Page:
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November Letters

What our readers are saying

IEPs for All

Regarding Daniel E. Kinnaman’s column about Individualized Education Plans for all students (“Change Every Child Needs,” October 2008), it’s something I have been talking about for years. I would like to take a closer look at your plan next month. My superintendent has discussed his desire to create a more individual curriculum plan. We have about 430 students in pre-K12. Although we have budget limitations, we do quite well offering a varied curriculum to our students, as well as college credit courses through our neighboring junior college.

Johnnie Thornton, principal, Granger High School, Granger (Texas) Independent School District

The Game of Learning

I’m responding to Products Editor Kurt Dyrli’s blog entry on Product Posts, comparing today’s games to early arcade games based on a New York Times article (“Using Video Games as Bait to Hook Readers,” Oct. 7, 2008). One reader gives kudos to Dyrli’s questions, saying: “Great questions. I’m glad you point out that complex games that make students think, like Civilization, really cannot be compared with early arcade titles.”

Regarding video games’ abilities to inspire intellectual curiosity, Mark Horowitz (Wired magazine’s New York editor), recently wrote a blog about how his son’s interest in World War II games, including Call of Duty, led to some serious reading.”

Andy, A Pulse blog reader


Fueling the Budget

I especially appreciated the News Update article on how districts are dealing with higher energy and fuel prices (“Schools Tighten Fuel Budget Belt,” September 2008.) It seems like money is always a hot issue, and it helps to know what other districts are doing to get through these rough economic times. I really enjoy your magazine. Thank you!

Lori Hernandez, principal, Sherwood Elementary School, Fox C-6 School District, Missouri

More Data Needed for Dropouts

I’ve been in school business for almost 10 years and before that, 20-plus years in private industry. I began reading your publication about three years ago. I find most articles current and relevant. Daniel E. Kinnaman’s Understanding the Times column (“A Matter of Equity,” September 2008) was exceptional. This is the type of data we are struggling with in our department in City of Augusta, Maine, Department of Public Schools, as well as the state and the nation. We have just begun state tracking of students, and I think we need a national tracking system, similar to a Social Security number, to truly know if students who start ninth grade and leave a particular high school really dropped out or moved on. My instinct is that these students are dropping out and in 15-20 years will be hard-pressed to provide for themselves and their families as economic times become more challenging. Thank you for your publication.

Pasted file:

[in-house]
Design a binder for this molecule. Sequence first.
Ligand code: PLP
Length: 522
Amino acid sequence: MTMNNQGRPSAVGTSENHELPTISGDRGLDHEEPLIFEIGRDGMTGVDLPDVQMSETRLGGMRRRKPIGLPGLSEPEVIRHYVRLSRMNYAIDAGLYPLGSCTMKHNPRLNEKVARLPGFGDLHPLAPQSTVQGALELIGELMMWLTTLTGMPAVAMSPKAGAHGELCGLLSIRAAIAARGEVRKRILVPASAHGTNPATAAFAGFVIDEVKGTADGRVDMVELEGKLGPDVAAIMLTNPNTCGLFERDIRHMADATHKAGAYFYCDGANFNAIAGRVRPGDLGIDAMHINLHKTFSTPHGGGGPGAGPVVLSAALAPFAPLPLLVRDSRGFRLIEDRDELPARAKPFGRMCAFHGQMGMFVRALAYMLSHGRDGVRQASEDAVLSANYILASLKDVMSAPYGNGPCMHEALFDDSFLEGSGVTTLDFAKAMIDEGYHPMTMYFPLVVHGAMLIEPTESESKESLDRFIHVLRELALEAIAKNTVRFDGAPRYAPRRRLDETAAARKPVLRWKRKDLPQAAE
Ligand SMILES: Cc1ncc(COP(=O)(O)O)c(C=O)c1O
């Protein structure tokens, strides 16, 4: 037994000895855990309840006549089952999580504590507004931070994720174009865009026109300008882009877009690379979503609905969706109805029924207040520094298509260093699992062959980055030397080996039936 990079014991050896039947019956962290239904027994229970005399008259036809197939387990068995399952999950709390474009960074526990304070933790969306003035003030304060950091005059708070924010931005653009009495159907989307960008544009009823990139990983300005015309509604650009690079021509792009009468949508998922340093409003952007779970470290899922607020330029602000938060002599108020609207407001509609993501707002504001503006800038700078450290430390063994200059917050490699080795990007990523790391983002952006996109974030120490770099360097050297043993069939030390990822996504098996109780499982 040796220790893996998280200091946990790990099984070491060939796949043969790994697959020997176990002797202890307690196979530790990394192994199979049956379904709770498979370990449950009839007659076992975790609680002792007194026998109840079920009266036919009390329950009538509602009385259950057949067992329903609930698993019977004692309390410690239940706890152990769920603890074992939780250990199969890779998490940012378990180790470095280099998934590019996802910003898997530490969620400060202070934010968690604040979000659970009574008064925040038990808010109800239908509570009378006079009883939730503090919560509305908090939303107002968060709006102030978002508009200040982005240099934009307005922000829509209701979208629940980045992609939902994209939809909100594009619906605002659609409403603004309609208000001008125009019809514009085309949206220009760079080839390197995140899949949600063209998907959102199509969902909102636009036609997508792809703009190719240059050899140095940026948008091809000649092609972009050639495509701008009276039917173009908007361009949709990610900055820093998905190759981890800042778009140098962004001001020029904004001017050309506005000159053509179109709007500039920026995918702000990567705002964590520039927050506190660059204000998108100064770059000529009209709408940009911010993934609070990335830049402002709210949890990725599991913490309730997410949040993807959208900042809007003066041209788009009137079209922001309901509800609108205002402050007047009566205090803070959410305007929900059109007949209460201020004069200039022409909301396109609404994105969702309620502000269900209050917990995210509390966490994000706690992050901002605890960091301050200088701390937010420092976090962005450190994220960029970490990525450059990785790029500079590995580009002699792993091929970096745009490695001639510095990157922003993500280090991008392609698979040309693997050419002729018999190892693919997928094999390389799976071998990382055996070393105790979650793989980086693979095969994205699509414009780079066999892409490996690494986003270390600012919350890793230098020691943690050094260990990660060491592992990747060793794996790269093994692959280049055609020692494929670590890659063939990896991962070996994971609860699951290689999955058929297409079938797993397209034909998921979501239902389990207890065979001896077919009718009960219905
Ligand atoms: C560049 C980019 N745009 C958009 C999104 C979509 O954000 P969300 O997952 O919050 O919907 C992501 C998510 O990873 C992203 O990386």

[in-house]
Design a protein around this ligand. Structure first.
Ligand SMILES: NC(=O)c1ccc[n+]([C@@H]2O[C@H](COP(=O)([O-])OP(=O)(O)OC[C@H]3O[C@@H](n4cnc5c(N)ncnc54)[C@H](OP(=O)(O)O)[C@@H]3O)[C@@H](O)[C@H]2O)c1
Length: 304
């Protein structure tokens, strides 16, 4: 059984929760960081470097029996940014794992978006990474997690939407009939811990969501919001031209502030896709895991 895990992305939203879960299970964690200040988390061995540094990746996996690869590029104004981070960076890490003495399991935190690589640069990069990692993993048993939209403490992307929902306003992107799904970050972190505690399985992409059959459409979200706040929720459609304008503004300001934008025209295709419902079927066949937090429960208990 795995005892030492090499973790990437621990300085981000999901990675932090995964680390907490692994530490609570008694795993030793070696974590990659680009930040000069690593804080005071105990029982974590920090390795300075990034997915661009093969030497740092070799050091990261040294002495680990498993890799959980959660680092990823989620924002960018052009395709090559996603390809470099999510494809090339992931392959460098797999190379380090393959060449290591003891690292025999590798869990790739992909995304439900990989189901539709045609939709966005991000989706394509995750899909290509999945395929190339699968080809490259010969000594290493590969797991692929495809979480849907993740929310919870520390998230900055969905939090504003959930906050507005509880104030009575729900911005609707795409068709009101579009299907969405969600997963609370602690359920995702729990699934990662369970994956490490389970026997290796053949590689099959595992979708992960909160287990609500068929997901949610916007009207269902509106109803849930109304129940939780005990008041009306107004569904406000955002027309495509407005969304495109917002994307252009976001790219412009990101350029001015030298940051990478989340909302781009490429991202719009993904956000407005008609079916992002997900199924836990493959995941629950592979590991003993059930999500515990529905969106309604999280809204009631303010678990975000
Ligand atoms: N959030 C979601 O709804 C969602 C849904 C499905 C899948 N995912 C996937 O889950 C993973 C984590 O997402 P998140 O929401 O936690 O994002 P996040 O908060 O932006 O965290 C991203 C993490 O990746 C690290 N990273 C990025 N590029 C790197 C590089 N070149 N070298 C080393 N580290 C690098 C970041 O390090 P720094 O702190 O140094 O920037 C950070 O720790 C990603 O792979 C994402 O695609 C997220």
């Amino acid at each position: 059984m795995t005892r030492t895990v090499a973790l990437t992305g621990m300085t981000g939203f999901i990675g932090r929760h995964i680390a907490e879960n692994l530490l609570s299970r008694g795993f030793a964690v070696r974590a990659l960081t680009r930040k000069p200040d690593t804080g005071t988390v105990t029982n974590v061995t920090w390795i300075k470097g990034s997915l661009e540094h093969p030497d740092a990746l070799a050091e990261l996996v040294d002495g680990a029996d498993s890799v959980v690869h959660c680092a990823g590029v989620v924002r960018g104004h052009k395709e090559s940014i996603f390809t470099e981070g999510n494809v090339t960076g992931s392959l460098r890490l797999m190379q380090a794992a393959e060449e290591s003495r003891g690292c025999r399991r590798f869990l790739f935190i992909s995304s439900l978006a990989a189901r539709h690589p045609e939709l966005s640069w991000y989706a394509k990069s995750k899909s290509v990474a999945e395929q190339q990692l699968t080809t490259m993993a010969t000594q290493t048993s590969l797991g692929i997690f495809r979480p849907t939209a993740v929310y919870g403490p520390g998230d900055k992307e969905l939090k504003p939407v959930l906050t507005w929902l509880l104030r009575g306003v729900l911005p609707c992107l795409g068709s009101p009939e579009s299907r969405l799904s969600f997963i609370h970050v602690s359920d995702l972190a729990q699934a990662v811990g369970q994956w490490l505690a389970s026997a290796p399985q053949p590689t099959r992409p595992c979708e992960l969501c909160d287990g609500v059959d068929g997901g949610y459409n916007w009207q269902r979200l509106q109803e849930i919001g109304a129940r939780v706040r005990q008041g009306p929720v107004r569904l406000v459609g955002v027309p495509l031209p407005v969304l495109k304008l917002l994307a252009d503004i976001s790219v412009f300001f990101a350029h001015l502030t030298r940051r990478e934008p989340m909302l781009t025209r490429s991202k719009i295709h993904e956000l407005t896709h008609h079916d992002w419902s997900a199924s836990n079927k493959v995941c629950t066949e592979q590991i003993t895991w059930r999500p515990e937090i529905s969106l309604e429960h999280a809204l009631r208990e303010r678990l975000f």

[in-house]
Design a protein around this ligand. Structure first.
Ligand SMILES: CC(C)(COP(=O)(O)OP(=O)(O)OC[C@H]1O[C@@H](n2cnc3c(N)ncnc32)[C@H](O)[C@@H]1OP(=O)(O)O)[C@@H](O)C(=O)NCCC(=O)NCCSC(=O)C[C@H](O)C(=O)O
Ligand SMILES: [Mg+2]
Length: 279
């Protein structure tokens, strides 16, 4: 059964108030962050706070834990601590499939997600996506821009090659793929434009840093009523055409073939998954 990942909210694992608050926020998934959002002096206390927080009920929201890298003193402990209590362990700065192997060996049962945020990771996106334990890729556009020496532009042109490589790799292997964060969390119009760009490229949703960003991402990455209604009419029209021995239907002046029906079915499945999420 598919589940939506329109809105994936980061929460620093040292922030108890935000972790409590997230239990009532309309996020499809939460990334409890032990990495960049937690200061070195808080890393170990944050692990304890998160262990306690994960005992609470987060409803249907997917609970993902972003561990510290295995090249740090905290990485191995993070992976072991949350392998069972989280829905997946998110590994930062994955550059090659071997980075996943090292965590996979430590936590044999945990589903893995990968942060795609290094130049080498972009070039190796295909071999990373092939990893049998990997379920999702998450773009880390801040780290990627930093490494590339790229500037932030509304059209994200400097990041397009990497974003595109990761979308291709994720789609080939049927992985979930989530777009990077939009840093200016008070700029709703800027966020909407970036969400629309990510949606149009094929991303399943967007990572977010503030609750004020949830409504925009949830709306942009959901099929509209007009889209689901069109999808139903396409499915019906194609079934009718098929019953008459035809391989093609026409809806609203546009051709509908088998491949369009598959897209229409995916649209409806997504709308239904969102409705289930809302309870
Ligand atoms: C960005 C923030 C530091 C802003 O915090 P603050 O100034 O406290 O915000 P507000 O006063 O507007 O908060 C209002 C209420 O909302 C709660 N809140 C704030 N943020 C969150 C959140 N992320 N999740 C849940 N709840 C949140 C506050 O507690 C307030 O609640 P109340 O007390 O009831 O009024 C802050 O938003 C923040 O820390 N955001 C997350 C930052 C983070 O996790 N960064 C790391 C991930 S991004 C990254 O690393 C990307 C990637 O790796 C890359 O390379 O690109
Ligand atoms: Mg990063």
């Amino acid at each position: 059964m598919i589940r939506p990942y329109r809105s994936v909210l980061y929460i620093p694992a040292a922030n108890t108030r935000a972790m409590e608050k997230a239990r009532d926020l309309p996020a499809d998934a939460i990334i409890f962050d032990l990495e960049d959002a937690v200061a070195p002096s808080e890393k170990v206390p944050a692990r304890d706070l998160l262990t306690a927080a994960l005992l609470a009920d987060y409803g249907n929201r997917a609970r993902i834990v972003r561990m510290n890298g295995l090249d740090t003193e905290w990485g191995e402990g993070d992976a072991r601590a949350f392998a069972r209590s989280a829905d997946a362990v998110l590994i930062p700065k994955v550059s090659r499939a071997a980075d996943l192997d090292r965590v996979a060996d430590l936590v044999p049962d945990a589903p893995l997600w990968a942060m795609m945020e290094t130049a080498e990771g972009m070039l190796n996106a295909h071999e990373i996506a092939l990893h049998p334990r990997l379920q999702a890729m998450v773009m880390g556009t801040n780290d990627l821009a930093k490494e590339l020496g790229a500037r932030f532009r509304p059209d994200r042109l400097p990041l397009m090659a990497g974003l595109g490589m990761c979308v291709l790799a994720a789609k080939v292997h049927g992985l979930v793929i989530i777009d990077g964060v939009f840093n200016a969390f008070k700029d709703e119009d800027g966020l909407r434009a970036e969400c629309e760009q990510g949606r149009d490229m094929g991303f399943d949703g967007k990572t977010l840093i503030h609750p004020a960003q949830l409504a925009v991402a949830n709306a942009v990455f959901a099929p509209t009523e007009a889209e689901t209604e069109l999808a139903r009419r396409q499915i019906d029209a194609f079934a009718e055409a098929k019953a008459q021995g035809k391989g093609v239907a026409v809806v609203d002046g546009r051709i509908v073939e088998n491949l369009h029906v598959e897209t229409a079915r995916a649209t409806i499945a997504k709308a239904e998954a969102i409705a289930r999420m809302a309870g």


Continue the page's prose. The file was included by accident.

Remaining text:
James S. Jurdak, business manager, City of Augusta, Maine, Department of Public Schools

Gun-Toting Texans

In a Sept. 3 blog entry on The Pulse: Education’s Place for K12 Debate, Gary Stager writes, “Teachers can’t be trusted to use Google or e-mail an attachment, but this is perfectly fine?”—prompting readers to click on a link to a news story explaining that Harrold (Texas) Independent School District allows teachers and staff members to carry guns. One reader responded: “And you wonder about Texas. Come now. Every horse (pickup) has to have a rider, and every rider a gun. Those are just Texas rules. Wonder how long it will take for one of them to pull a prank about it, and the whole enchilada falls apart on them in an ugly way.”

Scott S. Floyd, instructional technologist, White Oak (Texas) Independent School District

Letters to the Editor may be sent to, or mailed to Judy F. Hartnett, District Administration, 488 Main Avenue, Norwalk, CT 06851. Selections that are published may be edited for length and clarity, and become the property of District Administration.